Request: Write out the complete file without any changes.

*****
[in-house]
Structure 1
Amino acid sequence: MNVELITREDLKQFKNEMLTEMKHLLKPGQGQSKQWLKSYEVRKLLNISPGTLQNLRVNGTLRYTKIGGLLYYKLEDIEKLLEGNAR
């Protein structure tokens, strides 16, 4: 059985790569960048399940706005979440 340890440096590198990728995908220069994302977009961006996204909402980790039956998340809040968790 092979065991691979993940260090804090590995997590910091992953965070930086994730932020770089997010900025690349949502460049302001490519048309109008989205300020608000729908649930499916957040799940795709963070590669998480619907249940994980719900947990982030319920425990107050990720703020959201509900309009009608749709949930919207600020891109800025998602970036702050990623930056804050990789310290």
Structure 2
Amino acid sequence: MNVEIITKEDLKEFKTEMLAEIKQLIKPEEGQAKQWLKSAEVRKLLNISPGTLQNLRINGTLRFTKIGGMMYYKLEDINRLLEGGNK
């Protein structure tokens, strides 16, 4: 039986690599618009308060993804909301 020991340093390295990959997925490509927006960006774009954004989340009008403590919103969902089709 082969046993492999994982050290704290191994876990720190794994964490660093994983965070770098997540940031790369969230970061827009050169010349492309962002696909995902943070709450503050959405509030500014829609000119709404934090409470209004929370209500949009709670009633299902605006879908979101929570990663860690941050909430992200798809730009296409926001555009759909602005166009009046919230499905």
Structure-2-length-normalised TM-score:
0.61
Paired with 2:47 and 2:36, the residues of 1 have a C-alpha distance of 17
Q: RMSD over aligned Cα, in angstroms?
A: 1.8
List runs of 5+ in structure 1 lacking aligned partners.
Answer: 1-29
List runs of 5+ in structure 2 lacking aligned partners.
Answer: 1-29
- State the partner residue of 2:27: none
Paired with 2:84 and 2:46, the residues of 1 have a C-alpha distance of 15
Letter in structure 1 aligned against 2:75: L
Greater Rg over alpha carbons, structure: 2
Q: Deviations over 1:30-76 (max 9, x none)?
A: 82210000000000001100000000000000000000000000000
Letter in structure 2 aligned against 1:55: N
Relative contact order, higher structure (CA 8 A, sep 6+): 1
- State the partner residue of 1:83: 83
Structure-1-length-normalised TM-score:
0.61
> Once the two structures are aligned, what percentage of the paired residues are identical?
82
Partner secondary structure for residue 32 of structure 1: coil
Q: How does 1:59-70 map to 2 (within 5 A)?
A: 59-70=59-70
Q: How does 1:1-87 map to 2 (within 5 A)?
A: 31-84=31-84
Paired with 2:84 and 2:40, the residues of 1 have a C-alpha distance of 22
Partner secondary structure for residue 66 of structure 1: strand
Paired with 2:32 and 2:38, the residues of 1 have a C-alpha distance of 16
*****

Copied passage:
[in-house]
Structure 1
Amino acid sequence: MNVELITREDLKQFKNEMLTEMKHLLKPGQGQSKQWLKSYEVRKLLNISPGTLQNLRVNGTLRYTKIGGLLYYKLEDIEKLLEGNAR
């Protein structure tokens, strides 16, 4: 059985790569960048399940706005979440 340890440096590198990728995908220069994302977009961006996204909402980790039956998340809040968790 092979065991691979993940260090804090590995997590910091992953965070930086994730932020770089997010900025690349949502460049302001490519048309109008989205300020608000729908649930499916957040799940795709963070590669998480619907249940994980719900947990982030319920425990107050990720703020959201509900309009009608749709949930919207600020891109800025998602970036702050990623930056804050990789310290």
Structure 2
Amino acid sequence: MNVEIITKEDLKEFKTEMLAEIKQLIKPEEGQAKQWLKSAEVRKLLNISPGTLQNLRINGTLRFTKIGGMMYYKLEDINRLLEGGNK
């Protein structure tokens, strides 16, 4: 039986690599618009308060993804909301 020991340093390295990959997925490509927006960006774009954004989340009008403590919103969902089709 082969046993492999994982050290704290191994876990720190794994964490660093994983965070770098997540940031790369969230970061827009050169010349492309962002696909995902943070709450503050959405509030500014829609000119709404934090409470209004929370209500949009709670009633299902605006879908979101929570990663860690941050909430992200798809730009296409926001555009759909602005166009009046919230499905």
Structure-2-length-normalised TM-score:
0.61
Paired with 2:47 and 2:36, the residues of 1 have a C-alpha distance of 17
Q: RMSD over aligned Cα, in angstroms?
A: 1.8
List runs of 5+ in structure 1 lacking aligned partners.
Answer: 1-29
List runs of 5+ in structure 2 lacking aligned partners.
Answer: 1-29
- State the partner residue of 2:27: none
Paired with 2:84 and 2:46, the residues of 1 have a C-alpha distance of 15
Letter in structure 1 aligned against 2:75: L
Greater Rg over alpha carbons, structure: 2
Q: Deviations over 1:30-76 (max 9, x none)?
A: 82210000000000001100000000000000000000000000000
Letter in structure 2 aligned against 1:55: N
Relative contact order, higher structure (CA 8 A, sep 6+): 1
- State the partner residue of 1:83: 83
Structure-1-length-normalised TM-score:
0.61
> Once the two structures are aligned, what percentage of the paired residues are identical?
82
Partner secondary structure for residue 32 of structure 1: coil
Q: How does 1:59-70 map to 2 (within 5 A)?
A: 59-70=59-70
Q: How does 1:1-87 map to 2 (within 5 A)?
A: 31-84=31-84
Paired with 2:84 and 2:40, the residues of 1 have a C-alpha distance of 22
Partner secondary structure for residue 66 of structure 1: strand
Paired with 2:32 and 2:38, the residues of 1 have a C-alpha distance of 16